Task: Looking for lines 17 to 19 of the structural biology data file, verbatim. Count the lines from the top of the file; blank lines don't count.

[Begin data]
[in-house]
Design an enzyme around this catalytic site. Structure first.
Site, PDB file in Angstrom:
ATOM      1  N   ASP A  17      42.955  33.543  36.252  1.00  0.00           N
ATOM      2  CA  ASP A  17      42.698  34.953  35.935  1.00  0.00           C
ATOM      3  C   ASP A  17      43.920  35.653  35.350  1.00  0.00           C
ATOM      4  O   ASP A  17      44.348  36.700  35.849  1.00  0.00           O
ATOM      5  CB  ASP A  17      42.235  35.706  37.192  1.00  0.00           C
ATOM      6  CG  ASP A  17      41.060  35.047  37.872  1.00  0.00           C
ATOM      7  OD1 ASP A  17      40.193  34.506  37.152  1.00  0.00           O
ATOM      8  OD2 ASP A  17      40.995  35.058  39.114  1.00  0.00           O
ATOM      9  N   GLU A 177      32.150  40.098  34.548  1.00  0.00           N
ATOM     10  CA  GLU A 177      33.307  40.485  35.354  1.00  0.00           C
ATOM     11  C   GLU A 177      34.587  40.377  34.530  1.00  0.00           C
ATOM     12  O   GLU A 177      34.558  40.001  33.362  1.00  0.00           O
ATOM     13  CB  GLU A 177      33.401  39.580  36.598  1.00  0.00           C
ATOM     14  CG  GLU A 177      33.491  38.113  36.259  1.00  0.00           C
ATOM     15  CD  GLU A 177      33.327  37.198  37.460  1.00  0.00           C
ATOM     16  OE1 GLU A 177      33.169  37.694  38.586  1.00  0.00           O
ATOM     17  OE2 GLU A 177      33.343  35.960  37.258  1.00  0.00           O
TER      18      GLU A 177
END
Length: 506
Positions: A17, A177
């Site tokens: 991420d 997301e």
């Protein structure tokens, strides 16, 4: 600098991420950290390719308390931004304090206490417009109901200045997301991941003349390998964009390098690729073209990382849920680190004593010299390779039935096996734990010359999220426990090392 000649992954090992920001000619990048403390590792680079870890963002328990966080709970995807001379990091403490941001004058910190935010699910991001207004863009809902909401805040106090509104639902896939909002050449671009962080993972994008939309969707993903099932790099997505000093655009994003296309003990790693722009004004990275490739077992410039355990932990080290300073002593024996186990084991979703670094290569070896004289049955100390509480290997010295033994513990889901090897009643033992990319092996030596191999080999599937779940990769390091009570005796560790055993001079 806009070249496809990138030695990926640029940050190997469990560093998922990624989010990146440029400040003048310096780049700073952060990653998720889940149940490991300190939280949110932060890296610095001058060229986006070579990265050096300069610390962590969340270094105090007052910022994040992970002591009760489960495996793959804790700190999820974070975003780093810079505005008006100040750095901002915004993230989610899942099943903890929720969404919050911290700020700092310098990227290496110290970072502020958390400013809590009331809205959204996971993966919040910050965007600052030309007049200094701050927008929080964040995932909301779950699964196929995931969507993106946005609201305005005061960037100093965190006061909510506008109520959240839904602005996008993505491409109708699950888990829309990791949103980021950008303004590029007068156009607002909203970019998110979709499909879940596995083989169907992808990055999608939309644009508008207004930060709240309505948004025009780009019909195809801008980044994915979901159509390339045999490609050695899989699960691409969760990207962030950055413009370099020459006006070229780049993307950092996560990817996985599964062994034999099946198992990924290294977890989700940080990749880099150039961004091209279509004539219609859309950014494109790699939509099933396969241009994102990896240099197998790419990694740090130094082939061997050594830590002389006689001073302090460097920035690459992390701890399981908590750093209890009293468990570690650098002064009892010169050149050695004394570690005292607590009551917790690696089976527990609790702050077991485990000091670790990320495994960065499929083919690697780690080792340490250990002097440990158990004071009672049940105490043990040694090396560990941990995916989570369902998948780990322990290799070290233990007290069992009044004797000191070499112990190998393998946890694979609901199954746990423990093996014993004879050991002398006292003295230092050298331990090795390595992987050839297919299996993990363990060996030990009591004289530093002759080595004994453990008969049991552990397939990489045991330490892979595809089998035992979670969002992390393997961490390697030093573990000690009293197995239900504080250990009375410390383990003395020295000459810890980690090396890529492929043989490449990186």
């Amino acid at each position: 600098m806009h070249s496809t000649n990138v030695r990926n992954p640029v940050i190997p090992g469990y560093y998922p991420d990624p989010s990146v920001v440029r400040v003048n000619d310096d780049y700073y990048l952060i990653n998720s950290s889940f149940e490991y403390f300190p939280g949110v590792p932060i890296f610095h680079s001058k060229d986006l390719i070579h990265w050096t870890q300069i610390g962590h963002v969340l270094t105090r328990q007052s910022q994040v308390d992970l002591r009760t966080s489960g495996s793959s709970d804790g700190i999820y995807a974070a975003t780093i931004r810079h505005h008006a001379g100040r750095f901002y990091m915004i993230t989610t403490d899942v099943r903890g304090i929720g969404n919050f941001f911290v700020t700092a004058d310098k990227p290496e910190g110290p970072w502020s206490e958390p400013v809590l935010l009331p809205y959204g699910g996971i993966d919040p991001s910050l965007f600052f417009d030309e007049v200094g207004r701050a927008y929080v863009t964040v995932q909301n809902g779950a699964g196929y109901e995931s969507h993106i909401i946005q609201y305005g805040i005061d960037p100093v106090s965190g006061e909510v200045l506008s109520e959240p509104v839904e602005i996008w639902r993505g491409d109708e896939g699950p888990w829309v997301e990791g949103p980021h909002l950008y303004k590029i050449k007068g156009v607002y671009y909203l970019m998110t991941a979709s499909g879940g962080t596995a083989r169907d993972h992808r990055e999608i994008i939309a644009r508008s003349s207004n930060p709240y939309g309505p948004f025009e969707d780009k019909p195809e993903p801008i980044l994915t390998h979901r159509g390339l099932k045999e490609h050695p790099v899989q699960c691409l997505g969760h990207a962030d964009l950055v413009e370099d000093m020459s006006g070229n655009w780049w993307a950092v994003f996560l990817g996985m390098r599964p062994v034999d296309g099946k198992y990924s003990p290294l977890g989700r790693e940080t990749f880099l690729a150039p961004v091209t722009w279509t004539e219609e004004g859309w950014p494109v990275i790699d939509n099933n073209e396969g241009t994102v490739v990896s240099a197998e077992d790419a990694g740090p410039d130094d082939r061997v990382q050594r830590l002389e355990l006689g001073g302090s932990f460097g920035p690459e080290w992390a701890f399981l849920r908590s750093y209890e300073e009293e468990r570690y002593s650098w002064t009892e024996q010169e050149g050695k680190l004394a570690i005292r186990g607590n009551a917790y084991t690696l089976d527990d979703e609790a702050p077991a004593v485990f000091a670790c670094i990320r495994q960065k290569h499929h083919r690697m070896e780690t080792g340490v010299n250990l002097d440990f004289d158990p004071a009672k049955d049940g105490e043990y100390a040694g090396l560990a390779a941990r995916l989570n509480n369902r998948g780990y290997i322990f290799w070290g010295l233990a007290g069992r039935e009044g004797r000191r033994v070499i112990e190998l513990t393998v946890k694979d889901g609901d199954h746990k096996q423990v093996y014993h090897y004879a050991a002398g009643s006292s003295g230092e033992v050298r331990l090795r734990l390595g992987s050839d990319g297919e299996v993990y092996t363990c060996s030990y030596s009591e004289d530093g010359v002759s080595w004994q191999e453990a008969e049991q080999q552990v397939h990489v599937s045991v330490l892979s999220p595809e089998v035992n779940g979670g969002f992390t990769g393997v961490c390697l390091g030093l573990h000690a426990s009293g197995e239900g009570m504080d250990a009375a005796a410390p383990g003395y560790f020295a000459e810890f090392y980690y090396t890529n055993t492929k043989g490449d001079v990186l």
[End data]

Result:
ATOM     14  CG  GLU A 177      33.491  38.113  36.259  1.00  0.00           C
ATOM     15  CD  GLU A 177      33.327  37.198  37.460  1.00  0.00           C
ATOM     16  OE1 GLU A 177      33.169  37.694  38.586  1.00  0.00           O